Housebuilder agrees deal with competition regulator to help affected customers

Housebuilder Countryside has made a £5m writedown after coming to a deal with the competition regulator requiring it to take further action over leasehold properties it sold with “doubling” ground rent fees.

Under the terms of the deal with the Competition and Markets Authority, Countryside has agreed to strike out any remaining onerous leasehold contracts where it can, replacing them with ones where ground rent charges remain fixed.

It will also strike out clauses where the ground rent was previously set to double at certain periods, but was subsequently amended to rise in line with inflation.

Countryside - Spencer Park - CPL-SPH-view 3 (003)

The £1bn turnover housebuilder is one of a number to have sold homes on leasehold terms prior to 2017, which contained clauses that would allow ground rent charges to hugely inflate over time. The practice has rendered many homes worthless, trapping occupants in unsellable houses.

Last month housebuilder Persimmon and insurer Aviva agreed a deal with the CMA over their part in the practice. The CMA is continuing to investigate Taylor Wimpey and Barratt, as well as freehold investment firms Brigante Properties, and Abacus Land and Adriatic Land.

Under the deal with the CMA, Countryside said it will remove the “doubling” ground rent clauses unilaterally where it is the freeholder. Where the freehold has been sold on to an investment company, “Countryside is seeking agreement with the owners of the freeholds to remove the doubling clause from each lease”.

The firm has already spent £10m compensating buyers of leasehold properties over the scandal, under a Ground Rent Assistance Scheme it set up in 2017.

However, this only dealt with homes where the ground rent charges doubled every ten years or less – leaving those where rents doubled every 15 years without assistance – and simply converted those lease contracts to make ground rent rise in line with inflation.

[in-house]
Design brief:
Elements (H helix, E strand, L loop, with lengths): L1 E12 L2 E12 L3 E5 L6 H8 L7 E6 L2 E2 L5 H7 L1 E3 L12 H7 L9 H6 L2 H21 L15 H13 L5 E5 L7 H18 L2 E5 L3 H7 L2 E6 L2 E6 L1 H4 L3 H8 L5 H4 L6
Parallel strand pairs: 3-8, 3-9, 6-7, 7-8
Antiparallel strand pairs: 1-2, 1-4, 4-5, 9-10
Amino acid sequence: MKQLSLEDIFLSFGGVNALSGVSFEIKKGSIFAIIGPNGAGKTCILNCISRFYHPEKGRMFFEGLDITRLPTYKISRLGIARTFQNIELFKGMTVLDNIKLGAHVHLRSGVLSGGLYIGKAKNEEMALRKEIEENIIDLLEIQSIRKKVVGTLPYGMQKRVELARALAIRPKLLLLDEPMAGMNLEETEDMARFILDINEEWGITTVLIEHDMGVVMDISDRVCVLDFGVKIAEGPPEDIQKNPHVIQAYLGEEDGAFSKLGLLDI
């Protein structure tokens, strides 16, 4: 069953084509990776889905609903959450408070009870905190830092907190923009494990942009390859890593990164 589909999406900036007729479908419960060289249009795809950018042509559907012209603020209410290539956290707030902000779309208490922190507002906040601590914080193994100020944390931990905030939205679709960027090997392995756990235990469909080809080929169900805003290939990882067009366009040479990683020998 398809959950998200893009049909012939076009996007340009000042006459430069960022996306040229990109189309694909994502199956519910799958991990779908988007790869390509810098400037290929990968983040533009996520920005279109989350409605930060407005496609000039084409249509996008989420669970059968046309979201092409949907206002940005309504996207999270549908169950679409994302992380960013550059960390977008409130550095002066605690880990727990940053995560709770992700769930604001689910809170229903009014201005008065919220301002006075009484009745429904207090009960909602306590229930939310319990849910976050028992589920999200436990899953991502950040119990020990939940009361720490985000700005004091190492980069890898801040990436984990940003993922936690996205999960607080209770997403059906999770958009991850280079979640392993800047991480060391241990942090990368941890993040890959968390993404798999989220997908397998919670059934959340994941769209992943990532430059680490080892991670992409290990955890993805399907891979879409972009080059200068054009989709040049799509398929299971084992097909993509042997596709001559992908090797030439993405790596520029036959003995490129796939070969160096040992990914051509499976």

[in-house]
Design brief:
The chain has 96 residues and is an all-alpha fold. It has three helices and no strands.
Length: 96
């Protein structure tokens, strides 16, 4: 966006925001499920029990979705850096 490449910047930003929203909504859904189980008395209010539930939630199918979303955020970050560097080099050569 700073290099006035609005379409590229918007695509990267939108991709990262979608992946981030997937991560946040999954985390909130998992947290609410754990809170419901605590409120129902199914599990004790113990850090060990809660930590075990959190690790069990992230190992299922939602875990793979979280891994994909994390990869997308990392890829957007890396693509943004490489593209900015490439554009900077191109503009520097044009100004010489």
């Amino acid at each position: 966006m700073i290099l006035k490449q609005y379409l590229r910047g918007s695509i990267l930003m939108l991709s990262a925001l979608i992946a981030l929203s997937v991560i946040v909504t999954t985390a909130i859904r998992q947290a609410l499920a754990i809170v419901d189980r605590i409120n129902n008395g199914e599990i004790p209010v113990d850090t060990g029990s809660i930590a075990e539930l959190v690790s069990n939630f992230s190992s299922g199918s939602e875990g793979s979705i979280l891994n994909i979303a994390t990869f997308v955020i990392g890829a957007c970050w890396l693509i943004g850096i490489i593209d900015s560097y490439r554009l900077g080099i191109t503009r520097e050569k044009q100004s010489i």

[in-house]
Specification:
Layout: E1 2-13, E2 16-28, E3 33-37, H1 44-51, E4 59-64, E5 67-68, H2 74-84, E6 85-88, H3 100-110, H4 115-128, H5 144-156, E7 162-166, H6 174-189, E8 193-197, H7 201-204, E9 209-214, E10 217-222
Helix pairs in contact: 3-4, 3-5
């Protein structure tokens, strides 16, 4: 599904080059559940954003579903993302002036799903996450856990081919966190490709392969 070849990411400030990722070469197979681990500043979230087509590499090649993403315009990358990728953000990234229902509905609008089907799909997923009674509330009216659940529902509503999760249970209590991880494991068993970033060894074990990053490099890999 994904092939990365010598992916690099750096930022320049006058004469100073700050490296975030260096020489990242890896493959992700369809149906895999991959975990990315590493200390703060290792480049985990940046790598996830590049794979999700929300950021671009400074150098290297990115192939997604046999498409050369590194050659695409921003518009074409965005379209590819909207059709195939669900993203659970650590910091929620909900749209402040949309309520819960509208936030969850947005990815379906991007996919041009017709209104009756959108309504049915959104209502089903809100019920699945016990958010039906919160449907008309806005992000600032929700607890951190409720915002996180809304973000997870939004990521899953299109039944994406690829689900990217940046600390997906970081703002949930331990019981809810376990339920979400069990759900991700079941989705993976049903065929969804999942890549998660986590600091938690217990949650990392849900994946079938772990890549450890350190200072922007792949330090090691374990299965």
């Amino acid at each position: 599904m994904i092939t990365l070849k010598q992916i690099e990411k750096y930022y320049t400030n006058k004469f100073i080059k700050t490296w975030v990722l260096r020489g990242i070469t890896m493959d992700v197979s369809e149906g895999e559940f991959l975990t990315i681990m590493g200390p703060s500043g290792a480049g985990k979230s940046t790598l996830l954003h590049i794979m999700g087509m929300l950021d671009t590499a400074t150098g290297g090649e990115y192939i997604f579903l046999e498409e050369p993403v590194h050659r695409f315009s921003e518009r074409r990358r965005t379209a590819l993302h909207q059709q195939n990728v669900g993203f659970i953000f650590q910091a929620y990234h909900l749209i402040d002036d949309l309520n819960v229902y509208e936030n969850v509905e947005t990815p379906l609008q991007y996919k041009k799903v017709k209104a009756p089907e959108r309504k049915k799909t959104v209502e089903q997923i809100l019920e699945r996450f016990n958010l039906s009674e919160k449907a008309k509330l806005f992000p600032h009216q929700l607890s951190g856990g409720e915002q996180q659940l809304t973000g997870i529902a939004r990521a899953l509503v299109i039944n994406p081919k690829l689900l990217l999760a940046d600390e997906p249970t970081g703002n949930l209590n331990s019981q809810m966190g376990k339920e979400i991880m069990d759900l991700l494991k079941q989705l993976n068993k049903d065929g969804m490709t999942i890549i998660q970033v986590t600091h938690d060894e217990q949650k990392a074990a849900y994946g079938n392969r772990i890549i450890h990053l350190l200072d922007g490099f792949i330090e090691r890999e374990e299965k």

The housebuilder said in response to the announcement that it expected to make a “further provision of £5m” to cover costs.

It is not known what proportion of Countryside properties affected by the problem were never converted under the previous scheme, or how many were subsequently sold on to investors – meaning Countryside is not in a position to help buyers directly.

Andrea Coscelli, chief executive of the CMA, said Countryside’s leasehold customers could now “breathe a sigh of relief” knowing they will no longer be forced to pay these doubling ground rents.

See also>>Genius or folly? Why Countryside’s decision to get out of housebuilding is causing a stir

He warned the body still stood ready to take other housebuilders under investigation, such as Taylor Wimpey, to court if they didn’t agree to compensate buyers. “We will continue to robustly tackle developers and investors – as we have done over the past 2 years – to make sure that people aren’t taken advantage of,” he said.

Countryside said the ”voluntary undertakings” given to the CMA marked the close of its investigation into it.

Iain McPherson, chief executive of Countryside, said: “Countryside has engaged extensively and constructively with the CMA throughout the course of its review to reach this positive outcome for affected leaseholders.”

Housing Secretary Robert Jenrick welcomed the deal, saying: “This settlement with Countryside will mean thousands more leaseholders are given the fair treatment they deserve and marks the third major agreement with leading UK developers and investors. I strongly urge others to follow suit and end these historic practices.